Perspectives on Teaching Conference
The TSC organizes a one-day conference, Perspectives on Teaching, each fall and spring for faculty, staff and graduate students. The conference includes sessions on effective lecturing, innovative teaching techniques, problem solving and self-directed teaching/learning, evaluation methods, grading practices, blended learning and other teaching-related issues.
- Upcoming Conference
Fall Perspectives on Teaching Conference
Tuesday, August 30th, 2016
9:00 AM - 4:00 PM
Social Science Centre, Room 2050
Remembering Who We Are: Indigenising, Teaching and the University
Keynote Speaker: Dr. Airini
Dean of the Faculty of Education and Social Work, Thompson Rivers UniversityIndigenous potential has never been greater. Universities are being transformed as more indigenous students attend and as institutions embrace indigenous world views. It is an emerging international story of indigenising higher education that is in part about policy, and demographics; and in part about simply doing what is right. University teaching has a key role in Indigenous advancement in higher education. Our teaching can provide a learning environment in which Indigenous peoples can develop knowledge needed for leading future development and significant progress towards the goal 'to live and learn as Indigenous'. Through remembering who we are as learners, educators and universities we make possible nationally and generationally significant knowledge creation at that interface between indigenous knowledge, teaching and learning. With a view to transformational university teaching, Dr. Airini will explore strengths-based approaches to indigenising and university teaching that are relevant to instructors, program leaders, researchers, and university decision-makers.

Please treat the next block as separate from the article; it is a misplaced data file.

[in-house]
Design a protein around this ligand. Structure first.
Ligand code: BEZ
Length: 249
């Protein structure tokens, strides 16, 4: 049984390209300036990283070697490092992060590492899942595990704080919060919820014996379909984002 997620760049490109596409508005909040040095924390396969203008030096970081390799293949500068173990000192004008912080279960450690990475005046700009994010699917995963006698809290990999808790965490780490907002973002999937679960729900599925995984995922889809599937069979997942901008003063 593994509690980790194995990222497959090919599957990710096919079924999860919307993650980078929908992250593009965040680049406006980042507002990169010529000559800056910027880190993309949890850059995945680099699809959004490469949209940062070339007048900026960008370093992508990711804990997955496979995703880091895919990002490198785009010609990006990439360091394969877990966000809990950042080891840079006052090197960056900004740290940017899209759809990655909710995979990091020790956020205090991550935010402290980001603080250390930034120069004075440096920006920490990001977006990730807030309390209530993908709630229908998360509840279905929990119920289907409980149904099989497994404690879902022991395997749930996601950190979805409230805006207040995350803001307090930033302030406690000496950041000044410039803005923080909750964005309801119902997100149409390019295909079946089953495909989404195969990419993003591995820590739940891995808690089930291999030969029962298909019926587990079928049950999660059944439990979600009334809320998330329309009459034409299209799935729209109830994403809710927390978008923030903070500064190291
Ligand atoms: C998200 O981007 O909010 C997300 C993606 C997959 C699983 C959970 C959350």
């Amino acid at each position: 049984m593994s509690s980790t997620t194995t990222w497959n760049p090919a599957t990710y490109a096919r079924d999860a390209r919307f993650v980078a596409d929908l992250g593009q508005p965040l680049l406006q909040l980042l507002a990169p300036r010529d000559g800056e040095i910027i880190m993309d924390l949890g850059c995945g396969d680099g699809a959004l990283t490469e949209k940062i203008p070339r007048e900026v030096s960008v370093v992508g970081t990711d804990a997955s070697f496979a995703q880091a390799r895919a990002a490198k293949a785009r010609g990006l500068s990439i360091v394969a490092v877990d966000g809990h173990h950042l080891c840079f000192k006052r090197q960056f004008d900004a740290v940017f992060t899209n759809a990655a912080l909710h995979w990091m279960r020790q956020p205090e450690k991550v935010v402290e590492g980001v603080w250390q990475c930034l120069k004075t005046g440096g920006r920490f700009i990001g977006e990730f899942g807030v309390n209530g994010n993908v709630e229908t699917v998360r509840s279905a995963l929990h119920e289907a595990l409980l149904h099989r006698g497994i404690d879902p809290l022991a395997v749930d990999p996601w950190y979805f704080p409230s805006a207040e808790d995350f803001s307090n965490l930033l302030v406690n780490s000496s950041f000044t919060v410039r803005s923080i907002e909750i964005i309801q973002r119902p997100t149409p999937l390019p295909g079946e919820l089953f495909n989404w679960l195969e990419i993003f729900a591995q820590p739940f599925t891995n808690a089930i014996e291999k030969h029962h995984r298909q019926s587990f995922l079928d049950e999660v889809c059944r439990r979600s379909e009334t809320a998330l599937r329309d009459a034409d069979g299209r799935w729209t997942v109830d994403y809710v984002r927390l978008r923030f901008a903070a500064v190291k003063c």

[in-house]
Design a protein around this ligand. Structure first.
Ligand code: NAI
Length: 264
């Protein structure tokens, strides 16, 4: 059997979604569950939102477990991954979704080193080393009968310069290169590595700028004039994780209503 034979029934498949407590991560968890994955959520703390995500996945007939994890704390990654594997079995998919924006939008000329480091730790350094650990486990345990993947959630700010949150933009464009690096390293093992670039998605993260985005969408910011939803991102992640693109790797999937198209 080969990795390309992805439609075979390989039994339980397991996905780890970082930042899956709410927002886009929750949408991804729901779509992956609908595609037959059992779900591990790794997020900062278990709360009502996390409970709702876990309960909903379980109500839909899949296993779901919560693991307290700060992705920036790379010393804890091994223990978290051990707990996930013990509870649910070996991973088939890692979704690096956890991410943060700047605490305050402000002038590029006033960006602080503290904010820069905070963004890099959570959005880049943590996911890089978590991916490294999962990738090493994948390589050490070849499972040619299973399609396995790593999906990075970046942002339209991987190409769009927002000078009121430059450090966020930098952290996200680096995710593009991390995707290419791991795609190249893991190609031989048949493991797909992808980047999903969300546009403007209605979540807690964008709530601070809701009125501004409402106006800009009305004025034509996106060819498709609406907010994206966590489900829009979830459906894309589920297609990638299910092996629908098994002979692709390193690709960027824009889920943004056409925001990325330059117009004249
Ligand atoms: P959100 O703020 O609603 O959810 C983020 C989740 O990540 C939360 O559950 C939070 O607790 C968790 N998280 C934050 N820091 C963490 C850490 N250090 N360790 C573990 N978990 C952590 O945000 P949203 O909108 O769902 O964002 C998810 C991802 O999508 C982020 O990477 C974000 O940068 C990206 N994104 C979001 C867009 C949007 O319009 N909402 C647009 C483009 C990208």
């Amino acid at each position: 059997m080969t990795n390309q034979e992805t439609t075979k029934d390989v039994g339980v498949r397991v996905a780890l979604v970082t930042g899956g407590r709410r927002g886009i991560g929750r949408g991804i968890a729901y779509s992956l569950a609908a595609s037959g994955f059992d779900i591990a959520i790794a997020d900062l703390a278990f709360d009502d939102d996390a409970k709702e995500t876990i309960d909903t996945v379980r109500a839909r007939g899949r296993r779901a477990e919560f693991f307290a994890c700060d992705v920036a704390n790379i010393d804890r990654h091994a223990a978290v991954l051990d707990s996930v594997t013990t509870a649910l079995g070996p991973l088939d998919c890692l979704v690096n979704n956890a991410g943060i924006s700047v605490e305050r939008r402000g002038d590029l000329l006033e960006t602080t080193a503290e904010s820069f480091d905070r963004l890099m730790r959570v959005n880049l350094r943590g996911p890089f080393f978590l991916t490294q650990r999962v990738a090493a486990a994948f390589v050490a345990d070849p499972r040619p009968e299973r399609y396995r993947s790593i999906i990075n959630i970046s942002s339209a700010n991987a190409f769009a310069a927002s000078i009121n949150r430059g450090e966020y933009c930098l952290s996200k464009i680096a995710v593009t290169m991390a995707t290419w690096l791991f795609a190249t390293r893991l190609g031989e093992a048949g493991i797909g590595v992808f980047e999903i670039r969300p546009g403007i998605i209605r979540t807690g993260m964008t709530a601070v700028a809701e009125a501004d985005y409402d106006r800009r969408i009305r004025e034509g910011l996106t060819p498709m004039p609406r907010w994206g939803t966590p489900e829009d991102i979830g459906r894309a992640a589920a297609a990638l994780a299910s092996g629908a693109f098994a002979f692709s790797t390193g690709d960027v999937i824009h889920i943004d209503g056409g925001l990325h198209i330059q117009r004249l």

Dr. Airini is Dean of the Faculty of Education and Social Work, at Thompson Rivers University, BC, Canada. Dr. Airini specialises in research for equity in education, with a particular focus on universities supporting success by Indigenous, and under-served students in post-secondary education. She is currently exploring what teaching practices help first generation students to succeed at universities in Canada, USA, New Zealand, Australia and South Africa.